UC Boulder Distinguished Summer Lecture Series, Princeton, Stanford, Global Lecturer
(Japan), Student Invited Colloquia (Chicago, Emory, Stanford) etc.
A.P. Sloan Fellowship, Camille and
Henry Dreyfus Fellowship, Guggenheim Fellowship, Humboldt Award, Presidential
Young Investigator, Rutherford Medal in Chemistry, CIC Medal, McNeil Medal for
Science PromotionShort Bio
R. J. Dwayne Miller has published over 200 research articles, one book, and several reviews. Over his 25 year career, he has trained 27 Ph. D. students and an equal number of postdoctoral students. His former students currently hold faculty or senior scientist positions at Yale, U. Michigan (2), Kaiserslautern U, U of Regina, Wellesley, U. Wisconsin-Milwaukee, NIST, Lawrence Livermore National Labs, Fritz Haber Institute (Berlin), ONERA / Université de Toulouse, U of Waterloo, Tokyo Tech University, University of Tokyo, and University of Toronto, as representative examples.
His research focus has been developing new ultrafast laser technology and spectroscopies that are aimed at providing an atomic level description of the primary events defining the structure-function of Biology. This work culminated in the development of new electron sources that provided the first view of atomic motions with sufficient time and spatial resolution to resolve the primary events involved in structural changes.
His research accomplishments have been recognized with an A.P. Sloan Fellowship, Camille and Henry Dreyfus Teacher-Scholar Award, Guggenheim Fellowship, Presidential Young Investigator Award, Polanyi Award, Rutherford Medal in Chemistry, and numerous named lectureships. He was inducted as a Fellow of the Royal Society of Canada in 1998. He currently holds the Distinguished Faculty Research Chair in Chemical and Biological Physics and is Founding Director of the Institute for Optical Sciences at the University of Toronto. He was appointed as a University Professor at the University of Toronto in 2008, a rank reserved for less than 2% of the faculty. He was awarded the Chemical Institute of Canada (CIC) Medal in 2009, the highest honour within the CIC.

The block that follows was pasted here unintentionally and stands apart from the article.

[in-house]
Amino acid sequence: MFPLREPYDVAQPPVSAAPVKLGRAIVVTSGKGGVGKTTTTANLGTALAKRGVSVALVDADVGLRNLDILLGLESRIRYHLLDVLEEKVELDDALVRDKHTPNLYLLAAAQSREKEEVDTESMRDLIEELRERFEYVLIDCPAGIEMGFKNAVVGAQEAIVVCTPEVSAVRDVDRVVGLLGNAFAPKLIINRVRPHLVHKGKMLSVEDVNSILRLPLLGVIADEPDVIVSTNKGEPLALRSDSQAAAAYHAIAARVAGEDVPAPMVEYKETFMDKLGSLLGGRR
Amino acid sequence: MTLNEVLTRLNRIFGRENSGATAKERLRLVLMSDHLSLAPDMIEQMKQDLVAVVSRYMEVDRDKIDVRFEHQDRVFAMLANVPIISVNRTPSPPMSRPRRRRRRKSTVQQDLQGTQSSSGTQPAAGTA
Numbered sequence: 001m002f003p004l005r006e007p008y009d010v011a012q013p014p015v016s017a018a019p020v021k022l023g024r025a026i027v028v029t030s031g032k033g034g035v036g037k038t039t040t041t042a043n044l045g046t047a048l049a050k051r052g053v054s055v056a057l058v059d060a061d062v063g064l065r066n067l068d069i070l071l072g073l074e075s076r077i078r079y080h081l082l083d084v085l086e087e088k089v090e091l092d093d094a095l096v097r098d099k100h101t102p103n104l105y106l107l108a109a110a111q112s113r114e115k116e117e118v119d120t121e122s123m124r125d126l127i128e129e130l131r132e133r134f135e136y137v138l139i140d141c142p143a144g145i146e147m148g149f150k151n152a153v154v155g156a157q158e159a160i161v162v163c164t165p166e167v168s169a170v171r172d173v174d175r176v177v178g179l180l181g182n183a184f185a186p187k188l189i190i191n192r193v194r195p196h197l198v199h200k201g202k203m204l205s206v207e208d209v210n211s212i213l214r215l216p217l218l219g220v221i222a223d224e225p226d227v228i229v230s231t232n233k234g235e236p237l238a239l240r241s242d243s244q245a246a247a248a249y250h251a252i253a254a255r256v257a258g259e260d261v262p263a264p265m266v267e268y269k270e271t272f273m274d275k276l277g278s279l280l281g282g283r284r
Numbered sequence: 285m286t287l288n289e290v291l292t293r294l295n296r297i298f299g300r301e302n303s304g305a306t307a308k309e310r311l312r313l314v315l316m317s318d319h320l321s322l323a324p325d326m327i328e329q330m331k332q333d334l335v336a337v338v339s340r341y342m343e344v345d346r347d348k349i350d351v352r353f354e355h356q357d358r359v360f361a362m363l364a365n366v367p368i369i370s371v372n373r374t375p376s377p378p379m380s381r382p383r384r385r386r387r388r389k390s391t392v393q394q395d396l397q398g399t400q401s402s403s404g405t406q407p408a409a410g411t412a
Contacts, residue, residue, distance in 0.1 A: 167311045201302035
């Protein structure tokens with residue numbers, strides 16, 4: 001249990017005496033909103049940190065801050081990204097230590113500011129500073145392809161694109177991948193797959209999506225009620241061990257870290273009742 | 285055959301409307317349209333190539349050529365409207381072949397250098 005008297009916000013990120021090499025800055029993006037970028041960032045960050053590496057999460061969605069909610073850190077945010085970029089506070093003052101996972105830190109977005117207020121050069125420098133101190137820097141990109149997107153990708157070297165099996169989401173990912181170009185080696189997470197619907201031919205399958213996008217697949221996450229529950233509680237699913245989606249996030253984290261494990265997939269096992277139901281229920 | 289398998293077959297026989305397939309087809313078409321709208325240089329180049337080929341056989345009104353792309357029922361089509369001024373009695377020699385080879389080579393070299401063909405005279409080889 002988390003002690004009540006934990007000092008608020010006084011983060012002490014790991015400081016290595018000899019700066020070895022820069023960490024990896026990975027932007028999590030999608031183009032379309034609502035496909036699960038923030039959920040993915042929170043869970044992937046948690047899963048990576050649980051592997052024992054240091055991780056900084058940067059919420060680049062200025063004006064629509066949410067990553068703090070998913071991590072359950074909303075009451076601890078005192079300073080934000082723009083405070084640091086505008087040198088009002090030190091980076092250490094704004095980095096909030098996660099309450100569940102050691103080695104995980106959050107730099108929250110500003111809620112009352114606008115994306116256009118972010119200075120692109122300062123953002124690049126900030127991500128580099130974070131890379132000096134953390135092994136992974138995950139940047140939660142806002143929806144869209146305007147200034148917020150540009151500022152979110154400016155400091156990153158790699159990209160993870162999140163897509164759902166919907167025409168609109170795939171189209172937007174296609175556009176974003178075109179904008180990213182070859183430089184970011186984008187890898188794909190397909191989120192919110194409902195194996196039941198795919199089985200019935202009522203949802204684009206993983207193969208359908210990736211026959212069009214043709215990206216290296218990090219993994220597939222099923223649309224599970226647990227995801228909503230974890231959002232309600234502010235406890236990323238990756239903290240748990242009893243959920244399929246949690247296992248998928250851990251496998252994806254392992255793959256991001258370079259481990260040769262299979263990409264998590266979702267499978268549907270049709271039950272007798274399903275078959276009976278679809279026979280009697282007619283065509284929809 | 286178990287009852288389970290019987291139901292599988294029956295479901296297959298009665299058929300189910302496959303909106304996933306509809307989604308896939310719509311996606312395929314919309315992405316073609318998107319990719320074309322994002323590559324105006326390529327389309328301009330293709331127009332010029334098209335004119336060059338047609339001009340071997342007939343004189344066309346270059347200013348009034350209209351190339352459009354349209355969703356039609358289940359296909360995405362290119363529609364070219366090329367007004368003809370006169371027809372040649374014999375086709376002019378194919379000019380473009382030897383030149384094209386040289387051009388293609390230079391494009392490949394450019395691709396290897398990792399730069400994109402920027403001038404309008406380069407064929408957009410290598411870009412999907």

He is also a strong advocate for science promotion. He founded Science Rendezvous, which is the largest celebration of science (geographically at least) with over 300 events and over 34 institutions all across Canada participating to make science accessible to the general public and raise awareness to the importance of science to society. Over 160,000 people (made possible with >4000 volunteers) have had the opportunity to see science in action and have a direct discussion with researchers at the front lines. He was awarded the McNeil Medal from the Royal Society of Canada for this work in 2011.
On January 1, 2014, he officially took up the position as Max Planck Director of the Atomically Resolved Dynamics Division at the newly created Institute for the Structure and Dynamics of Matter in Hamburg in which he is co-Founding Director. He is also a co-Director of the Hamburg Centre for Ultrafast Imaging. He holds an ERC Advanced Grant for developing new tools approaching the fundamental limit to minimally invasive surgery and biodiagnostics with an extensive medical research network to advance the knowledge translation of his group’s research activities.